LOVE YOURSELF!

I hope some of these tips help you out. But honestly, give yourself a damn break. You’ve got this! You’re doing great. I know all these things are easier said than done, but just make sure you’re taking it all little by little. It’s not the end of the world if you mess up. We all do it – none of us are perfect students – or perfect people at that. Just try your best, plan as much as you can, and make sure you’re doing everything that’s in your best interest. You’ve made it this far, and honestly, that’s a huge achievement in itself! And as I’m sure you don’t hear this enough, I’m proud of you.

Written by: Olivia Flores
Featured Image: Prescence.io

Electronic House Music: A Concept

In this week’s blog, I am going to focus on my favorite sub-genre of Electronic Dance Music: House Music.

Most of you know of house music from parties, clubs, or festivals. It has a catchy beat that you can’t help bobbing your head or moving your arms to. Others know how to shuffle to this music (I am still learning but I am impressed with everyone who can break out in shuffle).

House music originated in Chicago at a club called The Warehouse in 1977. Frankie Knuckles, who opened The Warehouse, mixed old disco classics and new Eurobeat pop together. Many of these music experiments took place there, and House became the first descendant of disco.

House music is funny to me because there’s usually a couple of words in the song followed by a beat to dance to. It is repetitive, but that’s what makes it fun. It is usually in a range of 115-130 bpm (beats per minute). I know whenever I hear house music in public places, I can’t help but dance to it.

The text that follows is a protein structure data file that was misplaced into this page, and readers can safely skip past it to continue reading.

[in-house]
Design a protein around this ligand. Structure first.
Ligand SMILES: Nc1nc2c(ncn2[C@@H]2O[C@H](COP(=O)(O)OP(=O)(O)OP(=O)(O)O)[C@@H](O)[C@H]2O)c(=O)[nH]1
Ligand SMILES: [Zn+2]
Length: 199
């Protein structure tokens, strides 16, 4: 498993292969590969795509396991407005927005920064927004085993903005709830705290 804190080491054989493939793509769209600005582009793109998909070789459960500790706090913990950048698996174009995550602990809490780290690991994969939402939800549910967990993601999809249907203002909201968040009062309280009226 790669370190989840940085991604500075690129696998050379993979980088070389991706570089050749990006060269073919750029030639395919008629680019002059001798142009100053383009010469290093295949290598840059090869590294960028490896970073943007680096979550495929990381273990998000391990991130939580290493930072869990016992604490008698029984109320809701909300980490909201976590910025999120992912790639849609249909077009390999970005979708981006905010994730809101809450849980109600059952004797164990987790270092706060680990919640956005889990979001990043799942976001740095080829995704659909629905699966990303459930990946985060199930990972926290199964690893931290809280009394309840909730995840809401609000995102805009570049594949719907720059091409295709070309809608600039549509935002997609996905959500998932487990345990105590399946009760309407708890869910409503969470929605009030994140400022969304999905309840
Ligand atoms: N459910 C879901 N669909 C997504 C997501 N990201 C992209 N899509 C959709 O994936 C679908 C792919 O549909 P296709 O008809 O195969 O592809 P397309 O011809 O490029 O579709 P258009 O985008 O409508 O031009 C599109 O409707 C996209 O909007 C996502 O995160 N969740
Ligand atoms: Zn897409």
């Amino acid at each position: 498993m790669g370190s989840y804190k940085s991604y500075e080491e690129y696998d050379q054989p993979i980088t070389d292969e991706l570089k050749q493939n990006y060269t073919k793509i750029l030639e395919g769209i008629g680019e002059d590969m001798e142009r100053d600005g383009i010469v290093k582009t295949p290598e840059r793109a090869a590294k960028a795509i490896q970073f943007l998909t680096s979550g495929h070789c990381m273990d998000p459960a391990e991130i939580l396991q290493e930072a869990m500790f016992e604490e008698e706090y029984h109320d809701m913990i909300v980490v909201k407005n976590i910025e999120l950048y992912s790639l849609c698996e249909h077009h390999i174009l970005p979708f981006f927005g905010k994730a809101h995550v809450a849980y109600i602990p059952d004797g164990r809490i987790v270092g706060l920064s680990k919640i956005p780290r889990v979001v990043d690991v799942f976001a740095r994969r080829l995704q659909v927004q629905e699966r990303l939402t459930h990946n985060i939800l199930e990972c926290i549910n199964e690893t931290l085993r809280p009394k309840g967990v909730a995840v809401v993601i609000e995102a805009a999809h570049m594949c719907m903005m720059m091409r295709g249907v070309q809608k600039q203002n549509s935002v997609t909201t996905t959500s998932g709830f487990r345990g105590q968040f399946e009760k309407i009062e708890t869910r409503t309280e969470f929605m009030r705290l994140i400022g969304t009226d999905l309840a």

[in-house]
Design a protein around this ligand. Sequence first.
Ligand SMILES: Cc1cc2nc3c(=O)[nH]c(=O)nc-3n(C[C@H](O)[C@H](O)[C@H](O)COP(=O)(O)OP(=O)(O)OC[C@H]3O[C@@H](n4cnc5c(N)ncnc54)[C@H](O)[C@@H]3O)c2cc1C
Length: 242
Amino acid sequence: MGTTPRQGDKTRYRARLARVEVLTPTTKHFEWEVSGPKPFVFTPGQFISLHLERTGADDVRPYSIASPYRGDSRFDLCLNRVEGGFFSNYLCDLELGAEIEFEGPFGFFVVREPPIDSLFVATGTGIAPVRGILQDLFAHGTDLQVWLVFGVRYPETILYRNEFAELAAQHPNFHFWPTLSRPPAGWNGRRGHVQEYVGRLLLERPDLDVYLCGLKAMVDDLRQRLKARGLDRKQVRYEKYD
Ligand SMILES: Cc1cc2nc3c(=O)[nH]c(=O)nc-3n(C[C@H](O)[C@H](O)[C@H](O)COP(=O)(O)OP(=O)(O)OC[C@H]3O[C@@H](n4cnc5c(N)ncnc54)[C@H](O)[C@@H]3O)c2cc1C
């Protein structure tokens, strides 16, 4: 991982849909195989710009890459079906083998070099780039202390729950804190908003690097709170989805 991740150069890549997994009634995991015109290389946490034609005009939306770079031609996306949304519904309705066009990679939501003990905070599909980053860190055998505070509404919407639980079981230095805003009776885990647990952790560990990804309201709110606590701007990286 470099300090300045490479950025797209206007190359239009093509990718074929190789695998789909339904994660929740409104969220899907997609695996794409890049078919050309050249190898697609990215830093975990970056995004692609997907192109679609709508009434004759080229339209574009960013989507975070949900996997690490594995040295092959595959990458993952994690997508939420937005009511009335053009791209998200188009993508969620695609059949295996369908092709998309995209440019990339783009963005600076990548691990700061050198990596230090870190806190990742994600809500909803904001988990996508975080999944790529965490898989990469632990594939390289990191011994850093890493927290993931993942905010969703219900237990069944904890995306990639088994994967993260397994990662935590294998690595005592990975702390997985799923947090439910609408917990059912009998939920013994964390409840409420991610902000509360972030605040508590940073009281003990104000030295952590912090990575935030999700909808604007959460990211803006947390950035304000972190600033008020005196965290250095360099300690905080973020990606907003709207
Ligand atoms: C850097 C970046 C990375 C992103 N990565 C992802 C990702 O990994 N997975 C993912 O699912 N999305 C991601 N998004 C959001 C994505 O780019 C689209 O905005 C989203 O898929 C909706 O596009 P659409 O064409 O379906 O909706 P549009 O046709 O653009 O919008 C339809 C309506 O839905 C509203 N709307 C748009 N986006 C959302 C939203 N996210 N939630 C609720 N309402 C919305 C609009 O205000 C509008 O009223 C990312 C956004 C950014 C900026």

My featured image for this post shows my favorite house DJ, Tchami, during his back to back set with ZHU. This happened this summer at Hard Summer Music Festival. I was in the crowd for this set and it was a huge moment. ZHU and Tchami had never shared the stage before so everyone got to hear their iconic sounds combined.

Tchami usually shares the stage with Malaa, who I saw at EDC Las Vegas last year. I first saw Tchami in 2017 at the Brooklyn Bowl in Las Vegas — I fell in love with house music and I hope to see him five thousand more times.

In this post, I’m going to highlight some of the different types of house music. I will name some artists associated with the each type and some song suggestions to listen to.

Some different types that I am familiar with are Deep House, Bass House, Big Room House, Tech House and Future House.

For some popular house music titles, most of you probably know of these artists and their songs:

Deep House

This type of house music tends to have a lower bpm (around 120 bpm) and has greater influences from soul, jazz, and funk. I intertwine Deep House with Progressive House because they are both very similar. They are closely related to Trance music, as it has long accelerating peaks and troughs that progress throughout the track.

Bass House

Bass house has more baseline while also containing house music elements. It goes much “harder” because of the bass, and is usually around 145-150 bpm.

Big Room House

This is the more mainstream House music. It has lengthy build-ups and releases.

Tech House

This form of house music combines techno styles with house. It has more techno sounding beats with the rhythm of house music. I don’t listen to much tech house but here are some examples I came up with.

Future House

Future house emerged in the United Kingdom around 2010. It fuses deep house, garage house and other elements of electronic music into it. Garage house is known to have pitch-shifted and time-shifted vocals.

These are just a small amount of the many types of House music. This shows how vast the electronic music genre is. I’m still constantly learning about each one and I love to hear the differences. I hope you enjoy it as much as I do!

Written by: Alexandra Gex